Don't allow yourself to be offended.

Sure, this is easier said than done, but insulating yourself from hurtful comments is important. "You have to be a duck in the rain and let those arguments or backhanded statements roll off your back," Fox says. "You're never going to win an argument or get to a point where they admit you're right, so learn to let it go."


Don't engage in their lies. 

Narcissists of all types are often delusional and believe in their own sources of data, Fox tells us. "They usually find people with low self-esteem or people who will fall for their lies." Those lies may be personal, intended to insult or belittle you or, more general, intended to make them feel knowledgeable. Either way, "if you don't engage, they can't win."


Acknowledge their true motivations out loud.

If a covert narcissist is micromanaging you or belittling your abilities out of their own potential anxieties (i.e. the "projective identification" concept explained above), Malkin recommends "blocking the pass by saying something like: 'You seem really worried about my work today—more so than usual. Are you feeling nervous about something?'"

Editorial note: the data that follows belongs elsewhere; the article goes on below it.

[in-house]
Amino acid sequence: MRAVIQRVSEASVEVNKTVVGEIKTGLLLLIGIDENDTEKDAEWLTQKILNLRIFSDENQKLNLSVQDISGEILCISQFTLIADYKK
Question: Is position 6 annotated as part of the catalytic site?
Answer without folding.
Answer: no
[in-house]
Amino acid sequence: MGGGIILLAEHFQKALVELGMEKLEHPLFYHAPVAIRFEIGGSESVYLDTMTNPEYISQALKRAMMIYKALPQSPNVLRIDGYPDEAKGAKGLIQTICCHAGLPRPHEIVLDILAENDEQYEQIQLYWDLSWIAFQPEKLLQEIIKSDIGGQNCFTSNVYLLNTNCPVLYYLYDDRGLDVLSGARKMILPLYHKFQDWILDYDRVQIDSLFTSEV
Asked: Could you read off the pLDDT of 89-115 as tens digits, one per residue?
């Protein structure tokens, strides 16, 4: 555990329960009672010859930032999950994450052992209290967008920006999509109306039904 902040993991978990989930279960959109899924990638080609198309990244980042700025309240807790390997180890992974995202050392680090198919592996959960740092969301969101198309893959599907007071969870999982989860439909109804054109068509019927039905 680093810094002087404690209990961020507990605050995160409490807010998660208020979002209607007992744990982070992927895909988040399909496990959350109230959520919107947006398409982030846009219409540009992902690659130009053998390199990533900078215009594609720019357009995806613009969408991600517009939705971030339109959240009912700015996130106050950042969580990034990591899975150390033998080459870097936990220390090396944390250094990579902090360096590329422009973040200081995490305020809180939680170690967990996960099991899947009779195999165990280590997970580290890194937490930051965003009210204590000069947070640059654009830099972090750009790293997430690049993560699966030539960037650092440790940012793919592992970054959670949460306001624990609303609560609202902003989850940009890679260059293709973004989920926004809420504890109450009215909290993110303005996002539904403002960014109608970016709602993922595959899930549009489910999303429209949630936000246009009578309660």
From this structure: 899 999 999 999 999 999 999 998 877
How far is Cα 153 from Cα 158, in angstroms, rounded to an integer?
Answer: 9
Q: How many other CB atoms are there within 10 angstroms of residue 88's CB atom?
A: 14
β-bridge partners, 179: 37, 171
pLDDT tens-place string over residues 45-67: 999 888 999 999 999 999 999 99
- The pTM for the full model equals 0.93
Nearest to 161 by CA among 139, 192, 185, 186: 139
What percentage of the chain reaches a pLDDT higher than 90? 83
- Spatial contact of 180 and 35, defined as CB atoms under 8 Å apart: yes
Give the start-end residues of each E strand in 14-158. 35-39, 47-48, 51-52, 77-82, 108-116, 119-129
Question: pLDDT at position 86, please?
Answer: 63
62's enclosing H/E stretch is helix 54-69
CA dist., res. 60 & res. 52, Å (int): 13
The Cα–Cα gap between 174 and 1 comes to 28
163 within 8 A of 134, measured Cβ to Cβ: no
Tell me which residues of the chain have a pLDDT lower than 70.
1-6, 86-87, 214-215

Whether they admit to it—or, more likely, reject it—this act can help you feel more secure. Acknowledging the true source of their doubt might remind you that you're not inferior, which is what they want you to believe.

The bottom line.

"It's best to think of narcissism as a trait, or pervasive universal human tendency, which exists on a spectrum," Malkin says. "The drive is to feel special, exceptional, or unique, and stand out from the other 7 billion people on the planet in some way."

Covert narcissists are the same. They simply display their behaviors on a quieter, less grandiose scale than overt narcissists do.

Abby Moore author page.
Abby Moore
mbg Nutrition & Health Writer

Abby Moore is an editorial operations manager at mindbodygreen. She earned a B.A. in Journalism from The University of Texas at Austin and has previously written for Tribeza magazine. She has covered topics ranging from regenerative agriculture to celebrity entrepreneurship. Moore worked on the copywriting and marketing team at Siete Family Foods before moving to New York.